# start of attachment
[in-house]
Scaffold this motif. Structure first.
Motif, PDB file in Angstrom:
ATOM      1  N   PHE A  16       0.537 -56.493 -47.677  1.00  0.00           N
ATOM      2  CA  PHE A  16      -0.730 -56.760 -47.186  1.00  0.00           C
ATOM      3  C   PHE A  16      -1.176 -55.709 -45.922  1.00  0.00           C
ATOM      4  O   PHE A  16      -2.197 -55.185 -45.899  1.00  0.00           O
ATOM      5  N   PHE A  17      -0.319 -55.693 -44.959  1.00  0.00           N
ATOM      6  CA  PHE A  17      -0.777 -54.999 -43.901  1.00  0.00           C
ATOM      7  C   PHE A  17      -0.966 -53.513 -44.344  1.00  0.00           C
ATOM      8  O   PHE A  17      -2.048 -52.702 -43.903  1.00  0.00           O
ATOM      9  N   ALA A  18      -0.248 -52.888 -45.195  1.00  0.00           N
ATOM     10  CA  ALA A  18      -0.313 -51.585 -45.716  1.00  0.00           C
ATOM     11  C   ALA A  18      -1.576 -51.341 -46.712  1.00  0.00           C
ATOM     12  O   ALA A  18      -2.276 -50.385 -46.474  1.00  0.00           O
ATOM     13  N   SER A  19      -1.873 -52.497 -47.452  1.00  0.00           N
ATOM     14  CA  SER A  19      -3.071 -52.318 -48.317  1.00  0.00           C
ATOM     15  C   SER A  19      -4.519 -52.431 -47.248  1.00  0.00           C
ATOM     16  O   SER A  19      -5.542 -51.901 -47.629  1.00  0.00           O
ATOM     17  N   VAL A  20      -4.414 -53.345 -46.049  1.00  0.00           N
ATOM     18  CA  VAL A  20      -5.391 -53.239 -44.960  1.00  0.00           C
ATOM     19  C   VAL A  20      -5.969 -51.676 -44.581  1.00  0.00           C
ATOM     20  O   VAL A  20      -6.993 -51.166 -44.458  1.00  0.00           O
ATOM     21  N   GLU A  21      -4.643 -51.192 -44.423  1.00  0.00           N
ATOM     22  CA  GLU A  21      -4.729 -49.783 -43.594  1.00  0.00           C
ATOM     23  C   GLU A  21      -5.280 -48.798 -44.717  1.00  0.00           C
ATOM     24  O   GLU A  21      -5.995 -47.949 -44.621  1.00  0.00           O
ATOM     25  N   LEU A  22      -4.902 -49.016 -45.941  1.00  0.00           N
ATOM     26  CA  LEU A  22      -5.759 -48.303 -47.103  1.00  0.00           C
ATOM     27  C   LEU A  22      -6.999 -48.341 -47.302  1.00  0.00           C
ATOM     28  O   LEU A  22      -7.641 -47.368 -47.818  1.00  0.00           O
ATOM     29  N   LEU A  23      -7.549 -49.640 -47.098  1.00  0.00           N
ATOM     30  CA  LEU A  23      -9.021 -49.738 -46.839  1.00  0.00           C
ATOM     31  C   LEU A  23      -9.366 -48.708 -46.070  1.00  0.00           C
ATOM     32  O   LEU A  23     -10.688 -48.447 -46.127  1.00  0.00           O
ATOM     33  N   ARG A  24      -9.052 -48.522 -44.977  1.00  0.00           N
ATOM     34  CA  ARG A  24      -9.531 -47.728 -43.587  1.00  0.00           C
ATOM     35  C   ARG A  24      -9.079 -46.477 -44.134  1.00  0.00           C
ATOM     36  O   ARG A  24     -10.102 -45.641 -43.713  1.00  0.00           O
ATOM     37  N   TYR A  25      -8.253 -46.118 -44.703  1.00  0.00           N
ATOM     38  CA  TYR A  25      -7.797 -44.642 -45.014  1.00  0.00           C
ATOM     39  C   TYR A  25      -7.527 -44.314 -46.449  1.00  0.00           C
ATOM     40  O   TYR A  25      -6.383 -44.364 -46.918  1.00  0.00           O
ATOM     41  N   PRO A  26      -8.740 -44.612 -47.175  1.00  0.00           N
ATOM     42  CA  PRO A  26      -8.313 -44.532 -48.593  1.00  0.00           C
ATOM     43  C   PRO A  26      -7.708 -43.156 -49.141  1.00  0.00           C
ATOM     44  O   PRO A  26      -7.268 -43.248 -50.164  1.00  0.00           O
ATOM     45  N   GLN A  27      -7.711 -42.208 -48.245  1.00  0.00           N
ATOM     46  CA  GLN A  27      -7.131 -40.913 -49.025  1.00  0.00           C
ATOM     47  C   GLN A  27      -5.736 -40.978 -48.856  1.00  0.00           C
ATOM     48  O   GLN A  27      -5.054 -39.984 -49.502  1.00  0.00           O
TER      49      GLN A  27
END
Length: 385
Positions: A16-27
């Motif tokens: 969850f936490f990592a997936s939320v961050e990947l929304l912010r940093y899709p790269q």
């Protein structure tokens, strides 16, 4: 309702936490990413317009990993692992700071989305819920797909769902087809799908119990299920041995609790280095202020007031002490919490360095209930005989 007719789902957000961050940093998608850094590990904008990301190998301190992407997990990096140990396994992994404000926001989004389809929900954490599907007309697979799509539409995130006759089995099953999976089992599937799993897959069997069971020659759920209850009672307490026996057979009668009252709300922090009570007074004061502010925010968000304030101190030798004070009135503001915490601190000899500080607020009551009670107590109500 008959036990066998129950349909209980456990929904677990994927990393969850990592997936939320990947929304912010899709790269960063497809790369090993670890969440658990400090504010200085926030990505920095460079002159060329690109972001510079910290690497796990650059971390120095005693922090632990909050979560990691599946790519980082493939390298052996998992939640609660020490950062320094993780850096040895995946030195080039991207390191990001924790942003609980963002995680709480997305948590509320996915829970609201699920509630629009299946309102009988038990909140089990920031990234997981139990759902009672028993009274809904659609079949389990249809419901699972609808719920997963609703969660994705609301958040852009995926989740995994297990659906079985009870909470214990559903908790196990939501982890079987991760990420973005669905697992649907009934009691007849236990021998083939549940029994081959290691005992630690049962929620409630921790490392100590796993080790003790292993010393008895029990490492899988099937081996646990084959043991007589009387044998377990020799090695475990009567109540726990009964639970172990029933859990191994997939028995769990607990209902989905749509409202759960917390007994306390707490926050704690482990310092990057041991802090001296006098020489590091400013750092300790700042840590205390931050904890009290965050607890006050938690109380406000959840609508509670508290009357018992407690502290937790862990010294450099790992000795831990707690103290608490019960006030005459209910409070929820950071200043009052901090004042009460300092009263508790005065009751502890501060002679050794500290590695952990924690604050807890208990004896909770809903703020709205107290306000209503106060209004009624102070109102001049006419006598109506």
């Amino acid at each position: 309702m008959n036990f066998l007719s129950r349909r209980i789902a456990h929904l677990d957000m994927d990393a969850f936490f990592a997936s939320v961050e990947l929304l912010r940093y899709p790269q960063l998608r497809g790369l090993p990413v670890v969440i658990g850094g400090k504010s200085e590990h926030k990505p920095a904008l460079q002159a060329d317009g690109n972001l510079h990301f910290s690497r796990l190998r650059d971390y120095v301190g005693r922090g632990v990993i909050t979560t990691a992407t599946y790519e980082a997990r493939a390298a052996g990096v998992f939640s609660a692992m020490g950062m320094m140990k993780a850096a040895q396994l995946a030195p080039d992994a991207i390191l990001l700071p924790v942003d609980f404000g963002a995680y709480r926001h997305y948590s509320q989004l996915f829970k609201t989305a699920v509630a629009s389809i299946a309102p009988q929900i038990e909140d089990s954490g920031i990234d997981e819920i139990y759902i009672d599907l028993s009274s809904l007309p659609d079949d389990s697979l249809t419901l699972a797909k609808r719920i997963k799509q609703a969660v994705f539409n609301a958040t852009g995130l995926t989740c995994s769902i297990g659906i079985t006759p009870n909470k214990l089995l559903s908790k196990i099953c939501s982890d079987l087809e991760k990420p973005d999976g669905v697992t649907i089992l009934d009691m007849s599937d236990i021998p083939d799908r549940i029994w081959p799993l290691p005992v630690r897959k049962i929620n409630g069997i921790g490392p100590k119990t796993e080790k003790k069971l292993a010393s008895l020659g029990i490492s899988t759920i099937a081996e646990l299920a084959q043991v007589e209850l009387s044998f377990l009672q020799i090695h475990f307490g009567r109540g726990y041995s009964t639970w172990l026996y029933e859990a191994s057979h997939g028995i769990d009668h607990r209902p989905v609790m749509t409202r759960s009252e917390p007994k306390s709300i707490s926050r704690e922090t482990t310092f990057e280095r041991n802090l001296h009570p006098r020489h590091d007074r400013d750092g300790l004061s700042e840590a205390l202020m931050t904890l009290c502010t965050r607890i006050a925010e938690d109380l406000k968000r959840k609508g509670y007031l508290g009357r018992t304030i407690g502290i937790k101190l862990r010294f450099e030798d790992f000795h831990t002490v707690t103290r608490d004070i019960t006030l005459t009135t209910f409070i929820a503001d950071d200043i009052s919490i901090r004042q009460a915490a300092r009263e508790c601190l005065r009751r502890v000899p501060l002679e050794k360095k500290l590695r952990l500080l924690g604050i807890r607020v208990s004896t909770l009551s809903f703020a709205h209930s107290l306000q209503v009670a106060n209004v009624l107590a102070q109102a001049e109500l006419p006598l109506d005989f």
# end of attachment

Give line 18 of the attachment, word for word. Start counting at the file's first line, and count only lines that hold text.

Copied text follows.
ATOM     15  C   SER A  19      -4.519 -52.431 -47.248  1.00  0.00           C